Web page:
This tactic of using the PTAB to review eighteen or more of the existing Securus patents in an effort to have them invalidated could take years, and could cost GTL many millions of dollars in legal fees and expenses; in all likelihood, this process will cost GTL from $18 million to $27 million for those filed to date. We are encouraging GTL to have all 115 of the current active Securus patents and the 90 pending patents when approved evaluated by PTAB – at a total cost to them of an estimated $205 million to $308 million in legal fees. It's a legal and economic strategy that could certainly be called into question – not only in terms of method, but also in terms of result. By contrast, Securus has taken a much more surgical approach to this change of law and patent review process. Although we anticipate filing additional petitions seeking to invalidate GTL patents in the future, at present we have limited the PTAB petitions filed to just three of GTL's patents, but we likely will file another group of PTAB petitions for invalidation of GTL's patents in the next 60 days.

"I can justify a GTL patent license payment to Securus of $115 million, with a 10- to 25-year payment plan – based upon existing, pending, and future patents – for a license granting GTL access to all existing and future patents into perpetuity. On a net present value basis, that is $61 million – which is at the low end of what other licensees have paid on a percentage basis, so that is an okay deal for GTL," said Smith. 

GTL has recently trumpeted its efforts to invalidate Securus' "crown jewel" US Patent # 7,899,167 that relates to centralized call processing. "However, I am not sure why GTL calls this our crown jewel – perhaps it's because they have hopes of getting the PTAB to rule in their favor this year on this one – but I would not call it our crown jewel," said Smith.  "It represents less than 1% of our patent portfolio – certainly not our crown jewel by any measure and just another valuable patent that we own." Although it would be our preference to retain every one of our patents, each patent represents less than 1% of our current patent portfolio, which would make the potential invalidation of any patent insignificant in the larger scheme of things.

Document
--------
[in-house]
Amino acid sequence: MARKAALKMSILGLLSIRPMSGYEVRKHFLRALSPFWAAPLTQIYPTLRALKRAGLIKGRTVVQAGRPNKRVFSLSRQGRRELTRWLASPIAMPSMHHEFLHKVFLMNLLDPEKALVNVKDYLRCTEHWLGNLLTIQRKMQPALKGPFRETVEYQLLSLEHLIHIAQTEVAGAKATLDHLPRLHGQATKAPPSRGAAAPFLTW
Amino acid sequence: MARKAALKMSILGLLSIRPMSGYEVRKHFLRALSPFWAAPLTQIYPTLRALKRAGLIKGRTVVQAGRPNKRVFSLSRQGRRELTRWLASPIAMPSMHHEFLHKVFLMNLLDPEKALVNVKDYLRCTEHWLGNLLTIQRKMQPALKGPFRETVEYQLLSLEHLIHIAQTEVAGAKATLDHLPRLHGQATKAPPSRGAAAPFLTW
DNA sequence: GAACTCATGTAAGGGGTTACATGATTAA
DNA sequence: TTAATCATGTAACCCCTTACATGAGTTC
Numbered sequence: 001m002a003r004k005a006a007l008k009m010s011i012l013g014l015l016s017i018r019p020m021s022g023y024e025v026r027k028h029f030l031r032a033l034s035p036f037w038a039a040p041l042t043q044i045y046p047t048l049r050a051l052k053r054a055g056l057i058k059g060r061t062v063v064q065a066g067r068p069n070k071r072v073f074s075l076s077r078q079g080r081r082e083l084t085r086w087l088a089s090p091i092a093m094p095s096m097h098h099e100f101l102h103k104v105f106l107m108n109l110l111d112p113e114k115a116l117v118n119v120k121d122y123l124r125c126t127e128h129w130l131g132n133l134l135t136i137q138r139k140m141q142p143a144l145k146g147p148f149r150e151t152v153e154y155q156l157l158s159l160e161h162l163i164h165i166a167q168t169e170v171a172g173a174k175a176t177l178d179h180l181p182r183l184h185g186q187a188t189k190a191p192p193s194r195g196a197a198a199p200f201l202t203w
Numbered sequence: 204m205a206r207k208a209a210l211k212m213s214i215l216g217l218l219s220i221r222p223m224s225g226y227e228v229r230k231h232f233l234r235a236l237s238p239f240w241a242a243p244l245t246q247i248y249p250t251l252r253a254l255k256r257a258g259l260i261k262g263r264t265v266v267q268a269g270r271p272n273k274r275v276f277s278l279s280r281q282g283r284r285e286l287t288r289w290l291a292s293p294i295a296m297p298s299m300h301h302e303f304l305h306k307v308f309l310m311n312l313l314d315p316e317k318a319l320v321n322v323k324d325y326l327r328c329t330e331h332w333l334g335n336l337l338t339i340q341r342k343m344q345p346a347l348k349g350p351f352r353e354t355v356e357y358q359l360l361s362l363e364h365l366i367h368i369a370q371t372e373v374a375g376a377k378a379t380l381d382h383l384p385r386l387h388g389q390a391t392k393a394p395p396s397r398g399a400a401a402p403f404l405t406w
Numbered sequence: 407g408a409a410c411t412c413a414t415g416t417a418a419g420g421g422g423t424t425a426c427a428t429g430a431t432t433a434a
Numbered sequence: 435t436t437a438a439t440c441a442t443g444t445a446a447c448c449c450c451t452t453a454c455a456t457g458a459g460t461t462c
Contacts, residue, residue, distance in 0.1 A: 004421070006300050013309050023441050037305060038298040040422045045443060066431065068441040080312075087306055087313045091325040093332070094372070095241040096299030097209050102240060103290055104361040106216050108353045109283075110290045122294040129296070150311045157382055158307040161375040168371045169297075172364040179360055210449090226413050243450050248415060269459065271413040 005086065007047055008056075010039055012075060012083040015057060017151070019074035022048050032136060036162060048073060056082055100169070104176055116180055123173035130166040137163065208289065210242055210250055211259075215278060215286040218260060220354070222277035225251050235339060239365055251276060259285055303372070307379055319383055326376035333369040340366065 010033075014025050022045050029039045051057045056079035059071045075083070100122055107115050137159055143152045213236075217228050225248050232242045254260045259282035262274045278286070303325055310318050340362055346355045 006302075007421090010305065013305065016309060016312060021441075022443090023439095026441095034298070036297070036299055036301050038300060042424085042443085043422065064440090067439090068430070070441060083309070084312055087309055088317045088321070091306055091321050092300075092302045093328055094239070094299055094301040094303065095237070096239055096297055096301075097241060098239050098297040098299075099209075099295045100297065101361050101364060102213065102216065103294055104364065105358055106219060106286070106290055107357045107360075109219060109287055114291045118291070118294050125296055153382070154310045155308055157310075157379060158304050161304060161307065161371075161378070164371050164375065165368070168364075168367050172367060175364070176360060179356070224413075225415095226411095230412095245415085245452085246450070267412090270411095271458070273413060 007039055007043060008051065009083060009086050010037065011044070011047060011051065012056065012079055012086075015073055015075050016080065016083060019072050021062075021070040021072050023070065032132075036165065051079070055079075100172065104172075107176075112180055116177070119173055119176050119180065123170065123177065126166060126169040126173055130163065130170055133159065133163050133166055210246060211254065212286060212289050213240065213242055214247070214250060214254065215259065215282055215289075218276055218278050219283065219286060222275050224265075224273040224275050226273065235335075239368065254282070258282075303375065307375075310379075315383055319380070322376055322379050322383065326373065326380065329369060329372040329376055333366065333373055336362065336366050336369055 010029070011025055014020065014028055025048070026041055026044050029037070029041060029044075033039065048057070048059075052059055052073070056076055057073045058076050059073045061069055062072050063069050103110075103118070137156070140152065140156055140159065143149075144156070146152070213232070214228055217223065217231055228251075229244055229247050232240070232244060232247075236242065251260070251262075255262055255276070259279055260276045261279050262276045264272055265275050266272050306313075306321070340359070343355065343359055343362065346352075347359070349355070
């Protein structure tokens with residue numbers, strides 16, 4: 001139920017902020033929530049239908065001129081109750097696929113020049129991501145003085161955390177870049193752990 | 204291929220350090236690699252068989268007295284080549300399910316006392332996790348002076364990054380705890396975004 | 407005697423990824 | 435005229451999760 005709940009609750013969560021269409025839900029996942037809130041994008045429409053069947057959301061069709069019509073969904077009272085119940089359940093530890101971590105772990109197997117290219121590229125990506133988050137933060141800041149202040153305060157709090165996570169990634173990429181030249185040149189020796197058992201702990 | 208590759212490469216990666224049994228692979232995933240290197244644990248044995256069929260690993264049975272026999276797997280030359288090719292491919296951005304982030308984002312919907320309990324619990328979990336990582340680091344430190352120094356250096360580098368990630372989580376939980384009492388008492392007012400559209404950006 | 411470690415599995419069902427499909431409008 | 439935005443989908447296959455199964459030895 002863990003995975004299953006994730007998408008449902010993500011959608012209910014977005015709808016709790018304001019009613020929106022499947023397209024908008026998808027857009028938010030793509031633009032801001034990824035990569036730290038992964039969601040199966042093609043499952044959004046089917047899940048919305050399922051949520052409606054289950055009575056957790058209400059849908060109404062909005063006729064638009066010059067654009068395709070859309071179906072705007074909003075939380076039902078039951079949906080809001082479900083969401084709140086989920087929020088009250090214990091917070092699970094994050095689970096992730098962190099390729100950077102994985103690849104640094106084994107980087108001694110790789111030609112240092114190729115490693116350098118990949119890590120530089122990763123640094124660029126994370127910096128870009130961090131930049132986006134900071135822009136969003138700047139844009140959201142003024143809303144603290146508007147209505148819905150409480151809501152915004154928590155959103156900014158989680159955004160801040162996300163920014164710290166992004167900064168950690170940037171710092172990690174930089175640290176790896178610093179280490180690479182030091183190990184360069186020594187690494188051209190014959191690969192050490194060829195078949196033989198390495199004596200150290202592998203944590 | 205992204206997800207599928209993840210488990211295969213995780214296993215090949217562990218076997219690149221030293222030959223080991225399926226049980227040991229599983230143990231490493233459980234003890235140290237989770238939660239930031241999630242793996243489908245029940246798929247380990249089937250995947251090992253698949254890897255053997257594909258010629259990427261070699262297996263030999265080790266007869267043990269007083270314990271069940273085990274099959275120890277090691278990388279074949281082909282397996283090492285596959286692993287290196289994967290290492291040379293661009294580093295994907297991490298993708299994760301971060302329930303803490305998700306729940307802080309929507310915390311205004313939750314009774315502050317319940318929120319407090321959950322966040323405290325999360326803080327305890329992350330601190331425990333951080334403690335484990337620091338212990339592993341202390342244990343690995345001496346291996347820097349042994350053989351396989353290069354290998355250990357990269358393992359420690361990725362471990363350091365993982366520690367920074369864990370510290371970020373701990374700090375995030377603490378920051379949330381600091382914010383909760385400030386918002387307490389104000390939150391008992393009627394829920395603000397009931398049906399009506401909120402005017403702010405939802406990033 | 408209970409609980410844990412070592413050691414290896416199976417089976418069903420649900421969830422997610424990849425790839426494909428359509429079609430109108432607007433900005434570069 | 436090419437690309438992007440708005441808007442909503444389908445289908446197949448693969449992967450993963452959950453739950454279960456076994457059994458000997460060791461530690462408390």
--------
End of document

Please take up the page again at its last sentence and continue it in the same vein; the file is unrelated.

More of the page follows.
"Patents are important to Securus and being a patent leader in our sector is important – but they represent only one measure of our technology leadership. Having the largest corrections-based VoIP platform in the world; having the largest product set – over 750 products; having our own domestic call center with our own associates versus outsourcing this function; having our own field technicians and not outsourcing that strategic area; having more IT professionals developing strategic products than anyone else; owning more high tech companies that make society safer; having satisfied customers for a very long time – with good references – all of these are why our company is the industry leader," said Smith. "Ultimately, keeping all of society safer, with a high level of business integrity are the best measures of who we are. I have made several offers to GTL to settle so we can have patent peace forever at what I view as a trivial cost to GTL – but they have not been receptive to that direction – so we will both spend non-trivial amounts in the patent lawsuit/invalidation legal process."


Headquartered in Dallas, Texas, and serving more than 2,900 public safety, law enforcement and corrections agencies and over 1,200,000 inmates across North America, Securus Technologies is committed to serve and connect by providing emergency response, incident management, public information, investigation, biometric analysis, communication, information management, inmate self-service, and monitoring products and services in order to make our world a safer place to live.  Securus Technologies focuses on connecting what matters®.  To learn more about our full suite of civil and criminal justice technology solutions, please visit

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SOURCE Securus Technologies, Inc.